In total, Pemberton and Sibert stole more than $75,000 using these scams, and had requested more than $500,000 in refunds on the fraudulent tax returns.
 
Search warrants executed at the defendants’ homes and rental mailboxes uncovered several computers, hundreds of documents, and notebooks with detailed records of the victims’ personal information and tax refund amounts, with several entries marked “BIG FAT REFUND.” There were also credit cards and checkbooks in names other than the defendants’, as well as credit card purchases of luxury goods, like Gucci baby shoes. Printouts of the Craigslist rental and job ads and applications were also found.
 
The investigation started in early 2011 when the Buffalo office of the New York State Department of Taxation and Finance discovered that hundreds of state tax refunds were being claimed from more than 10 Nassau County addresses, including a rental mailbox in Great Neck that was identified on returns as an “apartment.” The cases were referred to DA Rice’s office, which contacted more than 250 victims of this scam in 30 states.
 
Sibert pleaded guilty to her involvement in the scam in June 2012, and was sentenced to time served and five years of probation. A third co-defendant, Keith Campbell, 52, of Brooklyn, also pleaded guilty to his involvement in July 2012 and received a conditional discharge.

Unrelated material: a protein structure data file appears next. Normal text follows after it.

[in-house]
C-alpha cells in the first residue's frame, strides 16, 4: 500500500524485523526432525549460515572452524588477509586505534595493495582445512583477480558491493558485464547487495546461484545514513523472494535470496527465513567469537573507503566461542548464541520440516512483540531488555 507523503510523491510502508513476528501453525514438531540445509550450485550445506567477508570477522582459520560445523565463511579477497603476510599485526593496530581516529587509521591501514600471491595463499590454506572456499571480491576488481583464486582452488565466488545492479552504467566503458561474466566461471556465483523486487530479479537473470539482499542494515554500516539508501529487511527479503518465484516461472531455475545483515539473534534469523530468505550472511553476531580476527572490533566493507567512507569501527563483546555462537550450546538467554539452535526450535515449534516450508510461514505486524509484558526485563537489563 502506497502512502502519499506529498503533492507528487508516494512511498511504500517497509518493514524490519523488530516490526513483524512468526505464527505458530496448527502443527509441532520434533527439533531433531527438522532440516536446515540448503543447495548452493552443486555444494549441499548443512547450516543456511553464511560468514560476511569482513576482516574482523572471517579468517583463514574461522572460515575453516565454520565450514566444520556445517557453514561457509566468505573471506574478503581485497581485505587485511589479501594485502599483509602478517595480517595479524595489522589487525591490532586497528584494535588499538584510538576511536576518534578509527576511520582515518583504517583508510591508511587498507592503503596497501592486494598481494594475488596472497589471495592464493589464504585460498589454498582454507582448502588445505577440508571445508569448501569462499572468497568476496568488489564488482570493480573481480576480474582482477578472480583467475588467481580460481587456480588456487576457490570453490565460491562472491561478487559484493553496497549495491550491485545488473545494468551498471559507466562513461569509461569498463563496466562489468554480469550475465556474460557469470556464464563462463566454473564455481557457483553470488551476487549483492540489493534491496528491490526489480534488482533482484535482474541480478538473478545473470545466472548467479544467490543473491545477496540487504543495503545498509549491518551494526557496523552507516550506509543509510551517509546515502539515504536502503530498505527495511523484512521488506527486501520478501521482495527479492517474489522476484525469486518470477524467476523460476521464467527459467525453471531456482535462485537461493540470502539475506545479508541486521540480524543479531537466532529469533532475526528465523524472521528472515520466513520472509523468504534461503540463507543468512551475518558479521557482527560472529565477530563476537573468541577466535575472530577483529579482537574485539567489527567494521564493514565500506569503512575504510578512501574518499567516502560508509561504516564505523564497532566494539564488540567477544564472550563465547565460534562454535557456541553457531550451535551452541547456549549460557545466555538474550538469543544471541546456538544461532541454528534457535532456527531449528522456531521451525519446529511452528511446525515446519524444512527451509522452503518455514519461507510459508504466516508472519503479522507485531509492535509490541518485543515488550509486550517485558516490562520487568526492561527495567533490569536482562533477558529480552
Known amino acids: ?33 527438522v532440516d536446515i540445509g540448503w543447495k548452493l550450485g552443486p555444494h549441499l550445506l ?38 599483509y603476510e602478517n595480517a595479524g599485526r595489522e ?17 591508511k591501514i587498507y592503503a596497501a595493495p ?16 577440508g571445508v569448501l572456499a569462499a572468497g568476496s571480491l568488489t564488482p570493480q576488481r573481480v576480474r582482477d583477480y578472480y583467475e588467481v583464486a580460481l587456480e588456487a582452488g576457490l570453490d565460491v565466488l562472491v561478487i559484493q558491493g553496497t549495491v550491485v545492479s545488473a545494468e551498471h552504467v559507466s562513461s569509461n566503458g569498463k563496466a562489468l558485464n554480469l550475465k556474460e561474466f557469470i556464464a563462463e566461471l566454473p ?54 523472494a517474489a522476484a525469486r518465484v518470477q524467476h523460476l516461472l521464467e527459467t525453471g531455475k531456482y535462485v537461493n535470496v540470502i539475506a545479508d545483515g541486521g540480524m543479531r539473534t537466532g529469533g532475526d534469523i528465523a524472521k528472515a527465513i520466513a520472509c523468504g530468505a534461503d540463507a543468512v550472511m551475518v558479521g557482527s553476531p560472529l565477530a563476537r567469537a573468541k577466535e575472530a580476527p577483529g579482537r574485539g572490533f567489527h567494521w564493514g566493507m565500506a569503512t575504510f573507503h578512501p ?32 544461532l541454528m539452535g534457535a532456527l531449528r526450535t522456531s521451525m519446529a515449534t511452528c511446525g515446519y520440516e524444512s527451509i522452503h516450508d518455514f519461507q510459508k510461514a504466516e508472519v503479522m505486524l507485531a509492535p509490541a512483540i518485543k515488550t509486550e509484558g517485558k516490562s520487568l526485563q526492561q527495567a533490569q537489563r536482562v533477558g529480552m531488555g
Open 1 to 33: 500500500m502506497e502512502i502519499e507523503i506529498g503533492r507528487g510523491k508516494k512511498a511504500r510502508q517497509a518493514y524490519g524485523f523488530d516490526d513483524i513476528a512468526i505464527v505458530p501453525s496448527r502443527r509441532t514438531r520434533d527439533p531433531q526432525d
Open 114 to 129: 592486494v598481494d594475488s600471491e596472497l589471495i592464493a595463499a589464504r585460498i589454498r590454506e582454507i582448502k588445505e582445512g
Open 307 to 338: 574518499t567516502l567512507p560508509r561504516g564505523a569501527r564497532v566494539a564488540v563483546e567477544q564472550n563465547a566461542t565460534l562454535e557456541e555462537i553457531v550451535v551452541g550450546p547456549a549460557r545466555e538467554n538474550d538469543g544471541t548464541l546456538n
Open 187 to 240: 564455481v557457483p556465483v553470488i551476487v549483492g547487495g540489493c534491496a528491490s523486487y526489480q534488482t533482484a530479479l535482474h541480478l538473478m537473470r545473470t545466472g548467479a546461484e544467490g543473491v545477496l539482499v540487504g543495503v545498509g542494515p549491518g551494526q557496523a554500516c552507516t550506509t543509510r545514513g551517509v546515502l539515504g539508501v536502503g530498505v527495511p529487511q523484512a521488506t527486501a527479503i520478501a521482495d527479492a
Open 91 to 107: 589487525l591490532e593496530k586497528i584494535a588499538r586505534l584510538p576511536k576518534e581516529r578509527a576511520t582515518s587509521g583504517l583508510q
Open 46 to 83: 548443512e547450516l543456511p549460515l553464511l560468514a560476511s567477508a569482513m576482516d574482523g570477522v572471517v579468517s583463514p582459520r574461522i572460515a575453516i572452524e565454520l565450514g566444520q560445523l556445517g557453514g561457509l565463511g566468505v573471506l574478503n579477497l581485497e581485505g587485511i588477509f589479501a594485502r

Victims who attempted to file New York State tax returns after having their identities stolen often had their tax returns rejected because the defendants had already collected a refund in their name. Out-of-state victims have reported that their credit scores have been negatively affected.
 
Assistant District Attorney Christine Burke of the Economic Crimes Bureau is prosecuting the case for DA Rice’s office. Pemberton is represented by Michael Elbert, Esq.
 
 
 
Tips to Protect Yourself from Online Identity Theft
 

Protect your Social Security number and give it out only when absolutely necessary
Never give out your Social Security number over the phone, by mail, or on the Internet unless you have an established relationship with the company and you initiated the contact.Do not provide your Social Security number on job applications.Instead, offer to provide it when you are interviewed or when a background check is conducted after you have verified the legitimacy of the company.